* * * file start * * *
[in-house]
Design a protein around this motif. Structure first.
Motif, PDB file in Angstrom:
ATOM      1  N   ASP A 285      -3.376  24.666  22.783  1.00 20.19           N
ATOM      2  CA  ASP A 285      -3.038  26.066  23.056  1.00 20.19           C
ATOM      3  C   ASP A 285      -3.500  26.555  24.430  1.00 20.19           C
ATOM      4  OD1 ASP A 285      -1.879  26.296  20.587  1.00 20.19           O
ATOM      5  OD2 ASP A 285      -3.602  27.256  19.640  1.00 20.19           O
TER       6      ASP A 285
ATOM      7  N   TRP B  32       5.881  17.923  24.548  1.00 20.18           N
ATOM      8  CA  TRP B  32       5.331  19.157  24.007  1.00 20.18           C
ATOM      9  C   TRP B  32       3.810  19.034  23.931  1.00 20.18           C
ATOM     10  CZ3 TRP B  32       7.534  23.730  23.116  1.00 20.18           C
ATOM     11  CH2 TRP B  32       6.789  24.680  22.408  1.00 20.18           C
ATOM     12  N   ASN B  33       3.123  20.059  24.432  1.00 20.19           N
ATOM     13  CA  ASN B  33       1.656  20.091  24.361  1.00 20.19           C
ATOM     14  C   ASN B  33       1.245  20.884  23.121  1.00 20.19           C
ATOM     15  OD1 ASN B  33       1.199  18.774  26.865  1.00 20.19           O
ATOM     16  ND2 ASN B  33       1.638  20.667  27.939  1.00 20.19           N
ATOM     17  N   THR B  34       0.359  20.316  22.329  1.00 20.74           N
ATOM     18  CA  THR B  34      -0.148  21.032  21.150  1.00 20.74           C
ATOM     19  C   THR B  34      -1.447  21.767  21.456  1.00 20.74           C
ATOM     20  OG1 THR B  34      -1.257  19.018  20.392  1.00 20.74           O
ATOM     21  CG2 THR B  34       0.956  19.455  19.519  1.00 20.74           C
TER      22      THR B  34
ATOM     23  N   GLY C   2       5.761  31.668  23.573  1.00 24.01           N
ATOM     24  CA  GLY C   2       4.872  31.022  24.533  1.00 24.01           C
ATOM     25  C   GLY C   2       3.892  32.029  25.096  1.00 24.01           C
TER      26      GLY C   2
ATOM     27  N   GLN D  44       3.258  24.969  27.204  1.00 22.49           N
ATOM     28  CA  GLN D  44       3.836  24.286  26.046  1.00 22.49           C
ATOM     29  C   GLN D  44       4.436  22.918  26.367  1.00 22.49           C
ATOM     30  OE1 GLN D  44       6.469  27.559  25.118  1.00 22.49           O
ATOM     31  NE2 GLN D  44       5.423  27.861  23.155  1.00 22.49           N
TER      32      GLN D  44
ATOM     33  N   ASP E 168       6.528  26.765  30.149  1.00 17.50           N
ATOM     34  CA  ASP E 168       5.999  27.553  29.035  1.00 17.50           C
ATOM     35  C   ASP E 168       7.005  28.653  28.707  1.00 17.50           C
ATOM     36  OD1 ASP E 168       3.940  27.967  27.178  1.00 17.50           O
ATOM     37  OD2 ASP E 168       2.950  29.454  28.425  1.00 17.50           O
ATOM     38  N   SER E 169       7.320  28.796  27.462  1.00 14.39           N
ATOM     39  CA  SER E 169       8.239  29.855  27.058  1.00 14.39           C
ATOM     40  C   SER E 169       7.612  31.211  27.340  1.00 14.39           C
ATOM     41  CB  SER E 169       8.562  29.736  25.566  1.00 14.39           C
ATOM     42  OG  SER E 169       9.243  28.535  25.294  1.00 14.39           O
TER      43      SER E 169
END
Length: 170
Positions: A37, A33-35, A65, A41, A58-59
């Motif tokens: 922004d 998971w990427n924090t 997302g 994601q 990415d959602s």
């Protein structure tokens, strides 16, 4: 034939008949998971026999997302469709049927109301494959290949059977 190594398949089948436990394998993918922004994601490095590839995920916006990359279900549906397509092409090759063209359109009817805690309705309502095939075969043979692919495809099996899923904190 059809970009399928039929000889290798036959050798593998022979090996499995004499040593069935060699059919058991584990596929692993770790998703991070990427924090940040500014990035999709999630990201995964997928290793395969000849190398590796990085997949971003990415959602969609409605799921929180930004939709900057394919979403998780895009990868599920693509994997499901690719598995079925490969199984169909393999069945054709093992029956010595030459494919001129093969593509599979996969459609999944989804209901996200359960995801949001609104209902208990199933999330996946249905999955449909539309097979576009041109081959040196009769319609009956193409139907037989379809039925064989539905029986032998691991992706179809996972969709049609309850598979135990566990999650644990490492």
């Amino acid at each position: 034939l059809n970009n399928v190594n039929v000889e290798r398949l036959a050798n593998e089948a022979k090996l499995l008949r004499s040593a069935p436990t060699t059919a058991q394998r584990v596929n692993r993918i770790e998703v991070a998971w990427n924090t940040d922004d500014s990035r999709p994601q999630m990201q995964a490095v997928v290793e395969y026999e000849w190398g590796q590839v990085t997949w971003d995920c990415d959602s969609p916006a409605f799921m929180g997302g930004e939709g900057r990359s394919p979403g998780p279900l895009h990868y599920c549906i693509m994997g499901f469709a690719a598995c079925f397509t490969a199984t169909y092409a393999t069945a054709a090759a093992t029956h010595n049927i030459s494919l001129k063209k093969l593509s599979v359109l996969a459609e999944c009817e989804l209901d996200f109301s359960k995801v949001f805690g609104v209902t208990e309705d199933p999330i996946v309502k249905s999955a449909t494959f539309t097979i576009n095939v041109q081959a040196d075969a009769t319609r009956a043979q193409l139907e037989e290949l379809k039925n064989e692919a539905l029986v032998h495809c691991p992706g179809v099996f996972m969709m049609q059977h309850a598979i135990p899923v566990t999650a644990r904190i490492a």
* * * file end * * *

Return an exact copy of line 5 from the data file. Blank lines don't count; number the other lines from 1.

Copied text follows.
ATOM      2  CA  ASP A 285      -3.038  26.066  23.056  1.00 20.19           C